Is My Vintage Saw Worth Tuning Up?

Here's the key thing most people miss before buying a vintage saw for restoration & sharpening, and it's critical: does the plate still hold it's temper and stiffness?

I see saws every week that people spend good money shipping to me, only to report back to them that they're not worth fixing. These are saws whose sawplates are hopelessly kinked or out of temper, and the plate is simply stiff no more. These old soldiers have done their duty and must be retired, because like an alley-way drunk on skid row, they will drift along in a cut and simply not pull their weight in your workshop.


How can you tell whether or not a plate is worth saving? It's easy--here's what I do:

1. Grasp the (handsaw) by toe and heel. Flex it into a circle. Don't worry--it won't break--it's made out of spring steel; it's supposed to flex. Now let it relax, or 'spring' back into straight. Repeat the process in the opposite direction.

2. Now Sight down the toothline like you would a rifle sight. Any kinks or bows will present themselves. The key thing you're looking for, is whether the plate remains flexed in the last direction you flexed it.




3. Repeat the process a couple of times with both sides to determine whether or not this saw has 'perma-flex,' in the direction you last flexed it. Remember--it's spring steel, and it's supposed to flex back to straight, or close to it.

4. If there is no permanence in the flex, and the bows/kinks aren't too severe, then you have a saw worth saving (that is, assuming the rust hasn't ravaged deep pits in the plate).



5. THEN send it to me to hammer-smith straight (or one of the other guys in the saw restoration & sharpening business, like Marvin Werner, Matt Cianci, or Daryl Weir, to name a few of really good saw docs). Remember that this procedure is easily overdone, and will result in about the 80-90% solution. Your saw will always be a little weaker in the area where it was straightened out, so exercise caution when sawing--as you would anyway.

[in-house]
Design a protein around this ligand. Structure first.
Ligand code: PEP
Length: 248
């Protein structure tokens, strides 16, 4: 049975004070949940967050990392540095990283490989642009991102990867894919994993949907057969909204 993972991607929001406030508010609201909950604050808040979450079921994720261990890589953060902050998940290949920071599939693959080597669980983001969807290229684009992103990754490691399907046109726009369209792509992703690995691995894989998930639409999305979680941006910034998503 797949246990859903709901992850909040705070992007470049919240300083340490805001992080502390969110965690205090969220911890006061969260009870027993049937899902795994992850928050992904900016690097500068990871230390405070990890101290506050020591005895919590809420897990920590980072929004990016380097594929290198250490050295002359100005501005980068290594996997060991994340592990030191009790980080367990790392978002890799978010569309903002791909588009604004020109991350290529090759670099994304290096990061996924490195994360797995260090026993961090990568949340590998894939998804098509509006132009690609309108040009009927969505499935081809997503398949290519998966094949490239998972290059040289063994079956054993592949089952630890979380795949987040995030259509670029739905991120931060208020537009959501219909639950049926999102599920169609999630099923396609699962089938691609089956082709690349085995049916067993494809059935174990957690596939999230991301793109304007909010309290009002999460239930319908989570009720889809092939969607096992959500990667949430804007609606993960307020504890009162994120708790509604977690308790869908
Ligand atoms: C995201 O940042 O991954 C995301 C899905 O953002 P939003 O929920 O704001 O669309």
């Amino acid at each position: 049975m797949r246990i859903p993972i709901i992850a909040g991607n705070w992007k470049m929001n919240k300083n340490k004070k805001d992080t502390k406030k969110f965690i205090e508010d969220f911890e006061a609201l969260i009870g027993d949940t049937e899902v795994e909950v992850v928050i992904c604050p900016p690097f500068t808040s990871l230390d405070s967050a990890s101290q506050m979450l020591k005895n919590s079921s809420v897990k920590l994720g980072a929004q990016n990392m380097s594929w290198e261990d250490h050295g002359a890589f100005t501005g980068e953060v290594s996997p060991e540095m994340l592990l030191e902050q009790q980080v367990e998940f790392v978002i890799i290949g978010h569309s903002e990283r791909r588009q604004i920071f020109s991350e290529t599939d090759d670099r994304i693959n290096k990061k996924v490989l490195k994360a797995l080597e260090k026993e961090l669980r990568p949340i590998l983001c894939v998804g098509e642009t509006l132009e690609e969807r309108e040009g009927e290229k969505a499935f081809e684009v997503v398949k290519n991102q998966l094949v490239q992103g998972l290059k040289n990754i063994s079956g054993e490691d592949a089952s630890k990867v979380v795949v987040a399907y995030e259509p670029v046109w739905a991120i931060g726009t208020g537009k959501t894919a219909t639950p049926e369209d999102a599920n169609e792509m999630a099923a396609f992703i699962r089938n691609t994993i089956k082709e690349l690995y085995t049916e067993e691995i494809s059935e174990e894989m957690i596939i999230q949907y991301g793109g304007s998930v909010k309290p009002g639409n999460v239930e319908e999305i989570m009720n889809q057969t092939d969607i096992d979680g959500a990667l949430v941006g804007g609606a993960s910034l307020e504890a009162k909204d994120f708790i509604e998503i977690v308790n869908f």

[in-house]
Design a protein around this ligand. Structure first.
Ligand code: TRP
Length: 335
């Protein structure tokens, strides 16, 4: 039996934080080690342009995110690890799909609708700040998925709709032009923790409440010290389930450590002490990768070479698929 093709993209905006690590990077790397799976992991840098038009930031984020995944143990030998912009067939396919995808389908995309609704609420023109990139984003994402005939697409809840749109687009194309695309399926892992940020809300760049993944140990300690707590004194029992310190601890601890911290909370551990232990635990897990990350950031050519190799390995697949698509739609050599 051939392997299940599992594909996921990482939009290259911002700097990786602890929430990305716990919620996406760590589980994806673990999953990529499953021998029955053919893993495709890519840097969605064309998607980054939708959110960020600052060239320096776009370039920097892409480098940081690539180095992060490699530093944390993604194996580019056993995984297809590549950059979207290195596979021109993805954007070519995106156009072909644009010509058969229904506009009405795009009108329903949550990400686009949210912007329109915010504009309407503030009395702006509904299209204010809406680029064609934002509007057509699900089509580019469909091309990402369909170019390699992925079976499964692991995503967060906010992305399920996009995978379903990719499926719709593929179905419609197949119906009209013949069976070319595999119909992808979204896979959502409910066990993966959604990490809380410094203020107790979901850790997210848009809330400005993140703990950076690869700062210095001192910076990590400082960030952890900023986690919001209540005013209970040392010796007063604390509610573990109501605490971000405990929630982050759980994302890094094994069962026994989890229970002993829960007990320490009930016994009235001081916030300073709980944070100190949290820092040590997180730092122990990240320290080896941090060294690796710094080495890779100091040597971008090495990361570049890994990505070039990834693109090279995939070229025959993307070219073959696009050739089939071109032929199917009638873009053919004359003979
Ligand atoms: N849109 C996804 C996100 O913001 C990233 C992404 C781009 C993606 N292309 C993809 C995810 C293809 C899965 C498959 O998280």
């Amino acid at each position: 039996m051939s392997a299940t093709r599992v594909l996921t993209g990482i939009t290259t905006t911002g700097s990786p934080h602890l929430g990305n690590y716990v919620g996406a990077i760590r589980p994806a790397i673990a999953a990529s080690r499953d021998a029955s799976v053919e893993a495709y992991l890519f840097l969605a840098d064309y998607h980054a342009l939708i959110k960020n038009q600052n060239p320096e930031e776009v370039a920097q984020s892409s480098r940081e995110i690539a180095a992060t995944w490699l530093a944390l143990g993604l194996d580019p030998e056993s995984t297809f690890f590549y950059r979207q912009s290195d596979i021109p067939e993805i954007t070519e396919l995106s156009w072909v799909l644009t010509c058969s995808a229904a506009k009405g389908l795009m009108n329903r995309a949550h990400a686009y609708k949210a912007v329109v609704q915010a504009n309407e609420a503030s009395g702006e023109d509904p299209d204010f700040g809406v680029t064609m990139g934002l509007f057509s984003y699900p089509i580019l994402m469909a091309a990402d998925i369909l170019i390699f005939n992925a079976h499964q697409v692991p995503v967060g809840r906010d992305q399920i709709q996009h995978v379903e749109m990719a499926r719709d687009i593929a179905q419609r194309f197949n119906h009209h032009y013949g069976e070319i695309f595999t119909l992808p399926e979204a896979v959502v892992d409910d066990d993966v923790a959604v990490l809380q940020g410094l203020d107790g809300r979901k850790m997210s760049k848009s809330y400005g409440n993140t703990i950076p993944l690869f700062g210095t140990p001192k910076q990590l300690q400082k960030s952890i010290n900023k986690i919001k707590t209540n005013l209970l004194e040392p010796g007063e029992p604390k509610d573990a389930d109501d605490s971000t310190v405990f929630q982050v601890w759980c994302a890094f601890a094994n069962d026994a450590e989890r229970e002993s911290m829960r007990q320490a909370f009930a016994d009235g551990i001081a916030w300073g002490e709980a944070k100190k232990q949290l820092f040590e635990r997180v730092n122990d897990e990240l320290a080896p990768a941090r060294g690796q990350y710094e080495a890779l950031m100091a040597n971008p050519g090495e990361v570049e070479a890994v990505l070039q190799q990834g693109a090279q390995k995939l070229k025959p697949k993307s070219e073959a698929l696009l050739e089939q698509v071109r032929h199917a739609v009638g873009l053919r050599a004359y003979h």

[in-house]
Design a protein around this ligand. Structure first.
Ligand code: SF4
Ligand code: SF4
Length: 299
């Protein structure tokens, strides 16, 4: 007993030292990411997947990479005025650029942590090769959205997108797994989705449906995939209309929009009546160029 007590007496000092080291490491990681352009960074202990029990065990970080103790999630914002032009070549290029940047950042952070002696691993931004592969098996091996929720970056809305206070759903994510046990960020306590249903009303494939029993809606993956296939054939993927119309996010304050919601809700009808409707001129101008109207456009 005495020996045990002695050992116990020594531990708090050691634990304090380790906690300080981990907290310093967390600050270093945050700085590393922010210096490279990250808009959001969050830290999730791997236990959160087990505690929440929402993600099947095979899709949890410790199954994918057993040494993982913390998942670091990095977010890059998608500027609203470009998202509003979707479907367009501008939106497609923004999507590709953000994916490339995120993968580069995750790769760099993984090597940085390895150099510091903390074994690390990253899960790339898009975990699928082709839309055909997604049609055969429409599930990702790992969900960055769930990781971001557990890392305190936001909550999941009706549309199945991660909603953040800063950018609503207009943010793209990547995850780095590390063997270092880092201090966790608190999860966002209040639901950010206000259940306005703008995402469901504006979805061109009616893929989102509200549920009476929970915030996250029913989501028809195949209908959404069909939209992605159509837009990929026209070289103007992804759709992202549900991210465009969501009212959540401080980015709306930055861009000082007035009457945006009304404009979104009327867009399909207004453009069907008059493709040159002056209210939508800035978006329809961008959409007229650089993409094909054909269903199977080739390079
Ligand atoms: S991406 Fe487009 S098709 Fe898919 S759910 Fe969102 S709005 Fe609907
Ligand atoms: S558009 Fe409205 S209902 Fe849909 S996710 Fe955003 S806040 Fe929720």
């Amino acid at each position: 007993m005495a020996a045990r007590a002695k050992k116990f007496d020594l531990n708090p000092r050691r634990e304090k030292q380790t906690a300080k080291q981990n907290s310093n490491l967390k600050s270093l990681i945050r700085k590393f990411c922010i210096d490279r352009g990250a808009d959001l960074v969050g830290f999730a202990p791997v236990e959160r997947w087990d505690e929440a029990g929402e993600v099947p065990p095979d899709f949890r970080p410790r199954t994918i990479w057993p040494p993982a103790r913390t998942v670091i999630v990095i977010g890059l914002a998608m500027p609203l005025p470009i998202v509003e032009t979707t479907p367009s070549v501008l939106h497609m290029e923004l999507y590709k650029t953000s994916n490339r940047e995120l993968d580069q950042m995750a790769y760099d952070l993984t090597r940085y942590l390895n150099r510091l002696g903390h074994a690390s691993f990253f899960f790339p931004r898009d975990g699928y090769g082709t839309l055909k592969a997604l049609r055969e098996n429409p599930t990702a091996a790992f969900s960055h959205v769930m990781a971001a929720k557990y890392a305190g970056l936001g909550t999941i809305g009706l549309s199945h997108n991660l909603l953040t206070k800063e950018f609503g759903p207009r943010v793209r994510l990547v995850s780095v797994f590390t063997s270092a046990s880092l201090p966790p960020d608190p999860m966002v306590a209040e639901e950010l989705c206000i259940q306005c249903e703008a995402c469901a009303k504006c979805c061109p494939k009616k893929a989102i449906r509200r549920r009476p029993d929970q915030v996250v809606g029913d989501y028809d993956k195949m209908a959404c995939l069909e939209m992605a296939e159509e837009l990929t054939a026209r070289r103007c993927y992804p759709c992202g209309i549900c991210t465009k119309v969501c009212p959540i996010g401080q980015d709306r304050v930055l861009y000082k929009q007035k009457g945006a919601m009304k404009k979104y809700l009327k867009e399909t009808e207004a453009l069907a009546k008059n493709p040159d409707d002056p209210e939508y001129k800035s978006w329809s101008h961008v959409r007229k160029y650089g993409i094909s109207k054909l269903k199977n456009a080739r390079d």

6. There is one caveat, after determining whether your plate has retained sufficient temper/stiffness, and that has to do with how brittle the plate is. This affects the set of the teeth. Tthe older the saw, the more likely it is that the metal has crystallized over time and become far more brittle. This has a major impact over whether you can set the teeth. Even the most minor set at times can cause an old, brittle tooth to snap off. It's a judgement call, so if your saw is older than the late 1800's, know that this can possibly happen.

Now as for backsaws: it's rare that I see a backsaw plate that has been kinked beyond repair. Oftentimes, it's the back itself that has been dropped, stepped on, or somehow bent out of true. Unlike the hardened spring steel of the sawplate, the backs from these old vintage saws are often just pretty darned close to iron: malleable, low-carbon steel. The function of the back is to simply stiffen the thin gauge of a backsaw plate, and lend some weight to the equation when making fine cuts.

The best fix for a backsaw is to true the back into alignment with a couple of crescent wrenches and a big vise, along with some (very) judicious tapping of the plate, if in the judgment of the saw fixer, the plate warrants that.

So--when all is said and done, flex your vintage handsaws before purchasing one with the intent of sending it in to me or one of my contemporaries for sharpening and restoration.

sawfiler